John Mulaney is in his West Village apartment, wiped out at 1 p.m. His dog Petunia is splayed on the wood floor in the next room. The air conditioner is cranked. You’d think they had just completed a half-marathon. Farthest thing from it. What happened that morning may very well find its way into Mulaney’s stand-up routine one day. The Emmy Award–winning comedian is cooled off enough now to talk about that and other things—like developing a new special, maturing beyond his baby-faced appearance, and coming to the Berkshires to headline the Mahaiwe Performing Arts Center annual gala on August 10.
What’s been going on today? It’s very hot and the barricades for the Pride parade are already up. A lot of the traffic is already being rerouted. This morning, I got up at eight to take Petunia to the vet. She’s totally fine. She just needed some stomach medication. It was not a problem getting her in an Uber. I told the driver I have a dog, and you gotta take her. It’s so hot. I have a stroller for the dog, but I can’t push her 40 blocks. So I get in the car and she’s panting, and they kept looking back. I was, like, this is a six-year-old, house-broken dog who might not be perfectly seated the entire time. In the back of my mind, I was thinking my dog might throw up because it’s bumper-to-bumper-traffic. I brought some cash in my pocket in case it happened, and I would just go, here, I’m sorry, I’ll help you clean it. That felt like running a half-marathon. I think a good stressful half hour can wipe me out for the equivalent of a 13-mile run.
You are preparing for something new? I’m working on a project that will have me and a group of other people. It’s not like a stand-up special, but more of an eclectic special. I’m not meaning to be vague, like the idea will get spoiled. I just don’t want to mislabel it. But it’s myself and some other people and some children that we were casting, and it’s been very, very fun. This is for Netflix. I’ve done a couple of stand-up specials for them.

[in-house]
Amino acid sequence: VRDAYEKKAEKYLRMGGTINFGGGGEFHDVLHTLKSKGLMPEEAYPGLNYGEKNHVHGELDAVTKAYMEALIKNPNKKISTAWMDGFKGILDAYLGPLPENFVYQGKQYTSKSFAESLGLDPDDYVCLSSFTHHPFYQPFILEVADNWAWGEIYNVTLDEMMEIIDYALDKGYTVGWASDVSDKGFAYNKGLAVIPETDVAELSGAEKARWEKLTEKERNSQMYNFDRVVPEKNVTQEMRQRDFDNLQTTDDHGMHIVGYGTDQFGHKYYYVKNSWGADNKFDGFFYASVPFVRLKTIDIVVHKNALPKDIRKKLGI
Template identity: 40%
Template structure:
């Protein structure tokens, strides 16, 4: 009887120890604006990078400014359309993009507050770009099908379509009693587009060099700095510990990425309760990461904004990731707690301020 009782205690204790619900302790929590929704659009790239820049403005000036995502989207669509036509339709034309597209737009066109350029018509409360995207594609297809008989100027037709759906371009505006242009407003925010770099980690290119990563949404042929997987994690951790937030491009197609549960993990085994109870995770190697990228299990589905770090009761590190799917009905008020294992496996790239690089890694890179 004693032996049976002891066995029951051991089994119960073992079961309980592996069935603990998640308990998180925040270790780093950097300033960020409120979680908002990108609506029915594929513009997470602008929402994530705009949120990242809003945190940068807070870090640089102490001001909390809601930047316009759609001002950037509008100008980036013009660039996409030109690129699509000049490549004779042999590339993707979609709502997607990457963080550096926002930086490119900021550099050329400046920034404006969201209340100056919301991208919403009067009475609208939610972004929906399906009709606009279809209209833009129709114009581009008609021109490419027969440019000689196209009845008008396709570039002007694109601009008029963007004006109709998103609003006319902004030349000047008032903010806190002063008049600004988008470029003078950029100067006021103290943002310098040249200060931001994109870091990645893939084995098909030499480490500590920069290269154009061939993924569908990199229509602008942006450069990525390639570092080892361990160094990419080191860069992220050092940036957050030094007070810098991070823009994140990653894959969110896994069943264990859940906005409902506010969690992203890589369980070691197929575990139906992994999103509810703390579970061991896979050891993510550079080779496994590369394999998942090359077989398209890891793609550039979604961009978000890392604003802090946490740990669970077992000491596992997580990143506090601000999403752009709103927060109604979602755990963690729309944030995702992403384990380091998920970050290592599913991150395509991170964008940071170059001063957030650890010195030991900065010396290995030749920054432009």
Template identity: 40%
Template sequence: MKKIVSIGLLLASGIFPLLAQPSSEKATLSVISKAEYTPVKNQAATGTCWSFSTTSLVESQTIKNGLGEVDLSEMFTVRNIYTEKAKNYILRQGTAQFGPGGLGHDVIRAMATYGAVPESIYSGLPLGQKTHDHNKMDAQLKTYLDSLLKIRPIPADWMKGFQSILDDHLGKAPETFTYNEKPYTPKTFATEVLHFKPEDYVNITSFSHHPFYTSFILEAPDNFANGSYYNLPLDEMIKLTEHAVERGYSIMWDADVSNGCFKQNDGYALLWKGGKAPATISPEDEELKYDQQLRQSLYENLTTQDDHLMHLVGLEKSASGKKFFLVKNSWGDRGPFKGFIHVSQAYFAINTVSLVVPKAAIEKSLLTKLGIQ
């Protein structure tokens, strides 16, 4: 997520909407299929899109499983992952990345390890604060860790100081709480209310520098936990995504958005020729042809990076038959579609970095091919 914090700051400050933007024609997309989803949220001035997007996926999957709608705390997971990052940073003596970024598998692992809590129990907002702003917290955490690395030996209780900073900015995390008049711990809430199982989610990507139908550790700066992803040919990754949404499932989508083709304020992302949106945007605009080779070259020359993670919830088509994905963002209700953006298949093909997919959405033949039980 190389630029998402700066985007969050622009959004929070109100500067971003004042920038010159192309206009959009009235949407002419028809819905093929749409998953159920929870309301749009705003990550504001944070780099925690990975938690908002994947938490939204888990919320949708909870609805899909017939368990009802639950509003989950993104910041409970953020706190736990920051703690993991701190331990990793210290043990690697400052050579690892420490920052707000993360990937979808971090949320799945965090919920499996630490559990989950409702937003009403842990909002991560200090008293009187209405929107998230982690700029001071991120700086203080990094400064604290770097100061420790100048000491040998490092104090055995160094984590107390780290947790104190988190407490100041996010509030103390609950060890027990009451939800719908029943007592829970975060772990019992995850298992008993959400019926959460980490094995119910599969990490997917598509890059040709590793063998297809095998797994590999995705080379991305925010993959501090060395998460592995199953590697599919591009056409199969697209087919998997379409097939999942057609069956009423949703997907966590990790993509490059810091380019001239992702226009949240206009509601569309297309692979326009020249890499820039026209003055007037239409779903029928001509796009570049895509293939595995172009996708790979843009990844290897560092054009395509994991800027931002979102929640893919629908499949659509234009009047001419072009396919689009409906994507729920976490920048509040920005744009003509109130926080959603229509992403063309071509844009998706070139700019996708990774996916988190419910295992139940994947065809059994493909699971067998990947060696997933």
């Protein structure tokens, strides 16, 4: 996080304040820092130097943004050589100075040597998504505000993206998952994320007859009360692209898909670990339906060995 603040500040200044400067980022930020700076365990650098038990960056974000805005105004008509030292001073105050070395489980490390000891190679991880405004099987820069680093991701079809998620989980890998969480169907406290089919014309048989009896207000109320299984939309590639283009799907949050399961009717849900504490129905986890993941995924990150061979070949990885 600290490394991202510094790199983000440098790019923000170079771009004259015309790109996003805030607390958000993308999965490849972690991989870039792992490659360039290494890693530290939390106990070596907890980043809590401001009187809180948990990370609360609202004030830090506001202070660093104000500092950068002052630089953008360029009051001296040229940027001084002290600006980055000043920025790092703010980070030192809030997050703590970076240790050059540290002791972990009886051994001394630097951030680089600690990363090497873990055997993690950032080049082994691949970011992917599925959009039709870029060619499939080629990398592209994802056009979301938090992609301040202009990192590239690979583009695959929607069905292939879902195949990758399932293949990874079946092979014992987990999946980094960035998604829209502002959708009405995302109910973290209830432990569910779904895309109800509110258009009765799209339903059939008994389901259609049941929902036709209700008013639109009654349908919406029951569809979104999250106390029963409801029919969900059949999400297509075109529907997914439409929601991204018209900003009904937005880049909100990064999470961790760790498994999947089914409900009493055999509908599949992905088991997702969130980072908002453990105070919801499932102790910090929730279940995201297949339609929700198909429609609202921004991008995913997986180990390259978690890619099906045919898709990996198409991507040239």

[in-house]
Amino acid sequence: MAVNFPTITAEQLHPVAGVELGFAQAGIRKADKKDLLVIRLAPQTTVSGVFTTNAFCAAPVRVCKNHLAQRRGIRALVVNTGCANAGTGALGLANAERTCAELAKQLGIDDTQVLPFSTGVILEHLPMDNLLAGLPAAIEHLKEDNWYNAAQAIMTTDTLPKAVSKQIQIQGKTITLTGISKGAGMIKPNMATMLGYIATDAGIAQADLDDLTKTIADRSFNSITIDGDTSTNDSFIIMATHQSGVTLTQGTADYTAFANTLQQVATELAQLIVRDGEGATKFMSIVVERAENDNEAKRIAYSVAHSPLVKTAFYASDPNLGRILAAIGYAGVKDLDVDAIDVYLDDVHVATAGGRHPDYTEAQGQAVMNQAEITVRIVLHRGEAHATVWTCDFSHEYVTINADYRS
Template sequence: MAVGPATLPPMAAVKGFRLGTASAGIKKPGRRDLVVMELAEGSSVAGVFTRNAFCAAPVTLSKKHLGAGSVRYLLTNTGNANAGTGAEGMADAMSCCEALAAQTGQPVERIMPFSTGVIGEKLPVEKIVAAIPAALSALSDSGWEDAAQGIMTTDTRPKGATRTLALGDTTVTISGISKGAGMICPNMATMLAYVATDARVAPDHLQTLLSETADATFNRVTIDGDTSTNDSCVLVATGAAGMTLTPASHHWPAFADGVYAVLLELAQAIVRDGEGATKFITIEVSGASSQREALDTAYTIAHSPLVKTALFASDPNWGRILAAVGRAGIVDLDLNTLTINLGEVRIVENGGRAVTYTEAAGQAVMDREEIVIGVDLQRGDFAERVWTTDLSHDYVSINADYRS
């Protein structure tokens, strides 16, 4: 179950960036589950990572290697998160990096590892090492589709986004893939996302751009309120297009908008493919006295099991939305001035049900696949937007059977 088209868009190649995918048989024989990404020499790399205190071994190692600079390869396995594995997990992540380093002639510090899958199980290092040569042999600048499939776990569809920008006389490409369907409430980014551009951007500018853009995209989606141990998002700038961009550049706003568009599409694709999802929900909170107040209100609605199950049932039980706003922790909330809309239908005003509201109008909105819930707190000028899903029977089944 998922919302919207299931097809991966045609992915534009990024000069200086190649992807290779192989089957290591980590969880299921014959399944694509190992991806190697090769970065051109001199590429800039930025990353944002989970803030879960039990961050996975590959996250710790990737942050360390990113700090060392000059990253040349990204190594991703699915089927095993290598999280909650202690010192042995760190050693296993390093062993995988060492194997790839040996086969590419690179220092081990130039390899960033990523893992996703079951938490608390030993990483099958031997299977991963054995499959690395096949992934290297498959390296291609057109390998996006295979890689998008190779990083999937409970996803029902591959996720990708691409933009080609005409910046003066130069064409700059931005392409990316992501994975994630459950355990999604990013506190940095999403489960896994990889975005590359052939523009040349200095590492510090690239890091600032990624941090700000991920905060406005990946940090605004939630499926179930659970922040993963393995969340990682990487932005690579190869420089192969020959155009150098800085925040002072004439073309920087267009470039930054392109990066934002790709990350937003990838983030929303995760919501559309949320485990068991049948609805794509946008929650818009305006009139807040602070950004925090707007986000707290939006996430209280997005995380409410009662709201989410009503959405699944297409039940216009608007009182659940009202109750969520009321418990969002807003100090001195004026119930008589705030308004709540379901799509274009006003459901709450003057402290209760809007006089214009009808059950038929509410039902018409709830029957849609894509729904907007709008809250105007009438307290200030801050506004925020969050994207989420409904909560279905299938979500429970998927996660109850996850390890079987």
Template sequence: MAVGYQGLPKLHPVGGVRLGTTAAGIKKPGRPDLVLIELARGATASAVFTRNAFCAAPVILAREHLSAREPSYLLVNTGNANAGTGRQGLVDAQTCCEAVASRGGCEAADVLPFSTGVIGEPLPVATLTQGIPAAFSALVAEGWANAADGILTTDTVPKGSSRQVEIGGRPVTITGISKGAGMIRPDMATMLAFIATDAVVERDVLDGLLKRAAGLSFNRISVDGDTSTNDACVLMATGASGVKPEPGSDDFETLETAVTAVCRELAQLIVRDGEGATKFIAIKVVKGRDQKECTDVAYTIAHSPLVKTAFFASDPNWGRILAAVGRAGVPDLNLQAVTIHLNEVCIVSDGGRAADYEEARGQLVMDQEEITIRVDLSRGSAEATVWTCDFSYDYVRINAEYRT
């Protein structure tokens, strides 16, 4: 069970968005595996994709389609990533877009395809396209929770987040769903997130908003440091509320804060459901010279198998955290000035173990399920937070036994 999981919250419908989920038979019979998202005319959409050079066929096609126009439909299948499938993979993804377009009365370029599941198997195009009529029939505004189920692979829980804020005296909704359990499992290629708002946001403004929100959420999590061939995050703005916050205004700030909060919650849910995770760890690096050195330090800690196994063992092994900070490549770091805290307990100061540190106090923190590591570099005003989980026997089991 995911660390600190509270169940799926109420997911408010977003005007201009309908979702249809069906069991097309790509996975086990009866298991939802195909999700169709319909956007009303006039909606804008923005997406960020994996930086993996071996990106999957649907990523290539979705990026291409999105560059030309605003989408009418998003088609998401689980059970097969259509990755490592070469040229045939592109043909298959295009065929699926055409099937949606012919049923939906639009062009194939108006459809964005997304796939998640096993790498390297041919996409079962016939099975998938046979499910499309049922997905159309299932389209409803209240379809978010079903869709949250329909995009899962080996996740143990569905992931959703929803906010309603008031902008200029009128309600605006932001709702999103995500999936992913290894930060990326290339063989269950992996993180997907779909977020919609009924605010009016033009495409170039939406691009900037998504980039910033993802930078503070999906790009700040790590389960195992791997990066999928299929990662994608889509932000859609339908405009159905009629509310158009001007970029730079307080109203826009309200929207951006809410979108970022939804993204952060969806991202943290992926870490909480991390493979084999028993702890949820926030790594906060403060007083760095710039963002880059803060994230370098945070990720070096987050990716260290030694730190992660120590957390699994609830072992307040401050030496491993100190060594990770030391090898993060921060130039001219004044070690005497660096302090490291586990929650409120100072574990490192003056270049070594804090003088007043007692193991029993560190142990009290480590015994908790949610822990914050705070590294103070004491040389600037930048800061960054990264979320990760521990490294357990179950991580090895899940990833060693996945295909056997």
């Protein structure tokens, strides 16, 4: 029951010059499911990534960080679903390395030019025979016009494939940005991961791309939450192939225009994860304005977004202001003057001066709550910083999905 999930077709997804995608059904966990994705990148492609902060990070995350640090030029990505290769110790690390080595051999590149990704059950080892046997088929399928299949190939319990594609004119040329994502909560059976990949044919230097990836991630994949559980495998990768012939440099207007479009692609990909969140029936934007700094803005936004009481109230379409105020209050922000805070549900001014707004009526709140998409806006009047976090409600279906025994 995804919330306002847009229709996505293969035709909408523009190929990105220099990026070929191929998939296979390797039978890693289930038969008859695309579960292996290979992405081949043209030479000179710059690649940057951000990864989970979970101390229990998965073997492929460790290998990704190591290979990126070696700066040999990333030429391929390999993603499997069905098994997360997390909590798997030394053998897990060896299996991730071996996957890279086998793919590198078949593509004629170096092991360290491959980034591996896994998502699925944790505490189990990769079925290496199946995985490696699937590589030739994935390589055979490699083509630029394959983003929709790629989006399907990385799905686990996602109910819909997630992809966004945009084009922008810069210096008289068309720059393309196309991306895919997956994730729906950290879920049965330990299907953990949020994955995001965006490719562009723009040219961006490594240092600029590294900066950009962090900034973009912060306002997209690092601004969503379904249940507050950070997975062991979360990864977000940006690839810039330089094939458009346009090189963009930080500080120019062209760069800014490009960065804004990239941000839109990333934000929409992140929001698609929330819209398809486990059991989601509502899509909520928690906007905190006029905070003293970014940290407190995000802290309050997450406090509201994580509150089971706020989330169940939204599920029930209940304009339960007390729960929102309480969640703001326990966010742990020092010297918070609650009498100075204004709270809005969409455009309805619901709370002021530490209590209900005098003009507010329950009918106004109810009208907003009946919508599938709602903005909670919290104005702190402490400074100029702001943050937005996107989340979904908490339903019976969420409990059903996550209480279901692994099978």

You performed in 2010 at Solid Sound. What do you think of the Berkshires? There’s a stretch of drive in California on Highway One from Big Sur to San Simeon. It’s all beautiful, this unbroken, two-lane road. I remember thinking, if the Berkshires were closer to me in New York City, I would just commute. It really felt like Big Sur.
Your comedy appeals to a wide age range. Why do you think that is? It’s extremely great and exciting to tour and see parents with their teen or kid and they both seem to enjoy the show a lot. I really love that. I would never for a second try to analyze why it’s working, if it’s working. I’d say it’s been a really lucky couple of years. I really love doing stand-up more than anything. I hope that comes across.
Do you think you will ever look older? Yes! It just happened. I did a show with Tan France from “Queer Eye.” He guessed my age. He asked how old I am. I said I’m 36. My whole career, I’ve said how old I am. You know, whatever age I am—28, 27, 33, 34—people always go six years earlier. He said, “I thought you were closer to 40.” I stopped dead in my tracks. I was, like, what? I told my wife about it, and she said, yes, you look your age, and that’s not a bad thing at all.